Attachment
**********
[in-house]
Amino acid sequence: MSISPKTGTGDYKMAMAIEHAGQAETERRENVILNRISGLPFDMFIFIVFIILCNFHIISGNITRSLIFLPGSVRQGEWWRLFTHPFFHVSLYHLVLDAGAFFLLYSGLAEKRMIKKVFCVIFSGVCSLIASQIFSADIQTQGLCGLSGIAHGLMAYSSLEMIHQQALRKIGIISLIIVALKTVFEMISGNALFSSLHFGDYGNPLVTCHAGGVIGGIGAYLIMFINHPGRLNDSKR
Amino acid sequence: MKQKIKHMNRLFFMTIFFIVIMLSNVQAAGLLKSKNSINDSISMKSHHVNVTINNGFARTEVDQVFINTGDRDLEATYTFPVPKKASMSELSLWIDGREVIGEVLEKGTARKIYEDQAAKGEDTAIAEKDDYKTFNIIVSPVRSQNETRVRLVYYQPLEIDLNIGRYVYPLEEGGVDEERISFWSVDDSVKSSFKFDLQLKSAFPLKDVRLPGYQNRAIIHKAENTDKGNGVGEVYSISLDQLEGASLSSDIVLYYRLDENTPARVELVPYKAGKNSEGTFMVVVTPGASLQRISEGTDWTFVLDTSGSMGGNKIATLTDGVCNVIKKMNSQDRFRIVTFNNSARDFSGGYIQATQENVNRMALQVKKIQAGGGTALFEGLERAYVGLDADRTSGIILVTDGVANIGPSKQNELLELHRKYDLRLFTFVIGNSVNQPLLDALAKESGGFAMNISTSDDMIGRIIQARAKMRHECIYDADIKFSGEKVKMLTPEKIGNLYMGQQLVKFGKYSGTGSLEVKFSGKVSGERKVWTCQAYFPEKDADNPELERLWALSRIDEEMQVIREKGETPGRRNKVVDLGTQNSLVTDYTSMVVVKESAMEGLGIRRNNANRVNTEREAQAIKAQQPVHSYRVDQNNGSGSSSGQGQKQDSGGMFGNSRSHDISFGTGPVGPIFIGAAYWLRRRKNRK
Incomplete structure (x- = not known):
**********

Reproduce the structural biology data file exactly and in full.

[in-house]
Amino acid sequence: MSISPKTGTGDYKMAMAIEHAGQAETERRENVILNRISGLPFDMFIFIVFIILCNFHIISGNITRSLIFLPGSVRQGEWWRLFTHPFFHVSLYHLVLDAGAFFLLYSGLAEKRMIKKVFCVIFSGVCSLIASQIFSADIQTQGLCGLSGIAHGLMAYSSLEMIHQQALRKIGIISLIIVALKTVFEMISGNALFSSLHFGDYGNPLVTCHAGGVIGGIGAYLIMFINHPGRLNDSKR
Amino acid sequence: MKQKIKHMNRLFFMTIFFIVIMLSNVQAAGLLKSKNSINDSISMKSHHVNVTINNGFARTEVDQVFINTGDRDLEATYTFPVPKKASMSELSLWIDGREVIGEVLEKGTARKIYEDQAAKGEDTAIAEKDDYKTFNIIVSPVRSQNETRVRLVYYQPLEIDLNIGRYVYPLEEGGVDEERISFWSVDDSVKSSFKFDLQLKSAFPLKDVRLPGYQNRAIIHKAENTDKGNGVGEVYSISLDQLEGASLSSDIVLYYRLDENTPARVELVPYKAGKNSEGTFMVVVTPGASLQRISEGTDWTFVLDTSGSMGGNKIATLTDGVCNVIKKMNSQDRFRIVTFNNSARDFSGGYIQATQENVNRMALQVKKIQAGGGTALFEGLERAYVGLDADRTSGIILVTDGVANIGPSKQNELLELHRKYDLRLFTFVIGNSVNQPLLDALAKESGGFAMNISTSDDMIGRIIQARAKMRHECIYDADIKFSGEKVKMLTPEKIGNLYMGQQLVKFGKYSGTGSLEVKFSGKVSGERKVWTCQAYFPEKDADNPELERLWALSRIDEEMQVIREKGETPGRRNKVVDLGTQNSLVTDYTSMVVVKESAMEGLGIRRNNANRVNTEREAQAIKAQQPVHSYRVDQNNGSGSSSGQGQKQDSGGMFGNSRSHDISFGTGPVGPIFIGAAYWLRRRKNRK
Incomplete structure (x- = not known):